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Thread: External Hard Drive for Ubuntu and Mac

  1. #1
    Join Date
    Apr 2011
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    External Hard Drive for Ubuntu and Mac

    Hello all, I have what should be a fairly simple question.
    I've been using Linux for a year or so now, and my last Mac has finally died. I still have the my favourite movies and music backed up on a 500Gb external hard drive, and have used it in the past to transfer music to my Ubuntu machine. I can not, however, transfer files from my ubuntu box to the external hard drive. It says the system is "read only" and that I am not the owner. To the best of my knowledge, it is HFS+ formatted.
    So my question is two-fold: Is there any way I can make ubuntu play nice with HFS+ so I can back up my Linux computer on the existing partition, and if not, what format should I re format the drive to so that I can use it now, and in the future where a new Mac is possible?

    thanks!

  2. #2
    Join Date
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    Ubuntu 13.10 Saucy Salamander

    Re: External Hard Drive for Ubuntu and Mac

    I don't know anything about hfs or Macintosh computers, but I noticed there are some packages you can install called 'hfsplus', 'hfsprogs', 'hfsutils' and 'hffsutils-tcltk'. Maybe some or those will help you. Probably you can try searching for those in Ubuntu Software Center and if you can't find them try Synaptic Package Manager and/or enable more software sources.
    Ubuntu user since 2004 (Warty Warthog)

  3. #3
    Join Date
    Feb 2008
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    Texas
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    14,463
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    Ubuntu 12.04 Precise Pangolin

    Re: External Hard Drive for Ubuntu and Mac

    Quote Originally Posted by Pragu View Post
    Hello all, I have what should be a fairly simple question.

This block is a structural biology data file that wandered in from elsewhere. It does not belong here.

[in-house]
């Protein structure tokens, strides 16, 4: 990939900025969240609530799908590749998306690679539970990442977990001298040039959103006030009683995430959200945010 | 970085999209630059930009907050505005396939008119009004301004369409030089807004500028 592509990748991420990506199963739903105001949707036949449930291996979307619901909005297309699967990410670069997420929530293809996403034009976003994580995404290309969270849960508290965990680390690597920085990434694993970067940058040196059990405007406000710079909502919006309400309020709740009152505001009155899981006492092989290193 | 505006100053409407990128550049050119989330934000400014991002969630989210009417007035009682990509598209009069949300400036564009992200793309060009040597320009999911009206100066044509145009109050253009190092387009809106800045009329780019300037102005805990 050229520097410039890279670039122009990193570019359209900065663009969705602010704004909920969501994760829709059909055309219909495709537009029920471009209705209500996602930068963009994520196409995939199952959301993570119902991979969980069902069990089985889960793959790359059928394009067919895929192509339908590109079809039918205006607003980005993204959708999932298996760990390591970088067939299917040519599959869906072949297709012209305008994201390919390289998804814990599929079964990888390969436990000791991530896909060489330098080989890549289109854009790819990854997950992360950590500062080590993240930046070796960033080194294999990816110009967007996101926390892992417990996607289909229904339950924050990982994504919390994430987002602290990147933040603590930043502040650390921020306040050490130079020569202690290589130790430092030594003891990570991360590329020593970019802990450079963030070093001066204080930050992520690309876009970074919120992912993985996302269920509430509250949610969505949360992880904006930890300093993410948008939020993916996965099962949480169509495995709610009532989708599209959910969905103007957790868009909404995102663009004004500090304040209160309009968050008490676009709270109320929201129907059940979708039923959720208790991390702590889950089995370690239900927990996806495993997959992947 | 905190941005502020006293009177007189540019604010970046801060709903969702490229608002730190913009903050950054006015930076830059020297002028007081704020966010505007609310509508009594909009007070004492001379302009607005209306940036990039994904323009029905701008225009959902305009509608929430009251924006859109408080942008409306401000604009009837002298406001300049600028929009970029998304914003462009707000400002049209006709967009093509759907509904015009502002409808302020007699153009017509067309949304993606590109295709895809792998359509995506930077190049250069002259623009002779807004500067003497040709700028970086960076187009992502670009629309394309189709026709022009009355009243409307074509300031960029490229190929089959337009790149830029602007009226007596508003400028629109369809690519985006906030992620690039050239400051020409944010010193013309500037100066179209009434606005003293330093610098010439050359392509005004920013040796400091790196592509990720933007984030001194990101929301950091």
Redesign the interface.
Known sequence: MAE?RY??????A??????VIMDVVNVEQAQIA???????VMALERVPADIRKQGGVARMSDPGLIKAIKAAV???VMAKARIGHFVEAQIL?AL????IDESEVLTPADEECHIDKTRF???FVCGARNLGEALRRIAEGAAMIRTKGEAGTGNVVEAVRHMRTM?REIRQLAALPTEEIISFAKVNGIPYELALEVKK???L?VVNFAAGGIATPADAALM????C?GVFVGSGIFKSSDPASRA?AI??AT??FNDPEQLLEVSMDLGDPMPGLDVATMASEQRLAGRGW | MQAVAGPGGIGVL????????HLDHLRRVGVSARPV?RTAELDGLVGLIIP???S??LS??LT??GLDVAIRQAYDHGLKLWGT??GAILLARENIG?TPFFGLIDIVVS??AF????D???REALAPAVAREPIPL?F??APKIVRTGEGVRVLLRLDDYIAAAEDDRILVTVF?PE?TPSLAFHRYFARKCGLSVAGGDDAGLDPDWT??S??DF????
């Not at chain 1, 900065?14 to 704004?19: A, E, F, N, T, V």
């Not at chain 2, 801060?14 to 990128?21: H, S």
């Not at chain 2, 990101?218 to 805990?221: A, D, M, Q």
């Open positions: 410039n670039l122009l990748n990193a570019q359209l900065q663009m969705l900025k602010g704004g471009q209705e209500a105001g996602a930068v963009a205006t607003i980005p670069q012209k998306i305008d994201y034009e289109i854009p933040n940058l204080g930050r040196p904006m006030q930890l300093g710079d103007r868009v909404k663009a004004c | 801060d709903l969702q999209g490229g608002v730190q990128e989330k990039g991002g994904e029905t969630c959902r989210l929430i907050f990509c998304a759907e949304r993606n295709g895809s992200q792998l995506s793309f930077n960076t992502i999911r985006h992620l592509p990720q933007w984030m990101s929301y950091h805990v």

I've been using Linux for a year or so now, and my last Mac has finally died. I still have the my favourite movies and music backed up on a 500Gb external hard drive, and have used it in the past to transfer music to my Ubuntu machine. I can not, however, transfer files from my ubuntu box to the external hard drive. It says the system is "read only" and that I am not the owner. To the best of my knowledge, it is HFS+ formatted.
    So my question is two-fold: Is there any way I can make ubuntu play nice with HFS+ so I can back up my Linux computer on the existing partition, and if not, what format should I re format the drive to so that I can use it now, and in the future where a new Mac is possible?

    thanks!
    Hi, this should help.
    HOWTO: http://ubuntuforums.org/showthread.php?t=1604251
    Last edited by Wild Man; June 13th, 2011 at 07:10 AM. Reason: Add more text

  4. #4
    Join Date
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    Re: External Hard Drive for Ubuntu and Mac

    Wildmanne39's link should help with permissions issues; however, a more fundamental problem is that the disk probably uses HFS+ with a journal. Unfortunately, Linux's HFS+ driver doesn't support a journal, and so it permits mere read-only access by default. You can overcome this limitation by including the "force" mount option, but nobody seems to know how safe that is. (The official documentation describes it as a "use at your own risk" option, and discussions of it on the Internet seem few and far between.) I've done this once or twice with no ill effects, but I make no promises. If you want to try it in an emergency, do it like this:

    Code:
    sudo mount -o force /dev/sdc1 /mnt
    Overall, though, your best option is to remove all the data from the drive, put a new filesystem on it, and then copy the data back. For Linux-only use, I recommend ext3fs. (Many will suggest ext4fs, which is newer; but it offers few advantages over ext3fs for your purposes, and since ext3fs is older, non-Linux support for it is better, which could be more important in the future.) If you think it's likely you'll be using the disk with Mac OS in the future, then FAT is the most compatible choice; but FAT is limited to 4 GiB files, which may be unacceptable if you're storing movies on the disk. In that case, HFS+ is best, but you should create an unjournaled HFS+. This is the default if you create the filesystem in Linux, but you've got to change a check mark if you do this in OS X's Disk Utility.

    Incidentally, I think there's a way to remove a journal from an existing HFS+ volume. I don't recall what it is, though, and it probably requires access to OS X. You could try Googling for it. If you can use another OS X system for a few minutes, that might be simpler than backing up, creating a new filesystem, and restoring your data.
    If I've suggested a solution to a problem and you're not the original poster, do not try my solution! Problems can seem similar but be different, and a good solution to one problem can make another worse. Post a new thread with your problem details.

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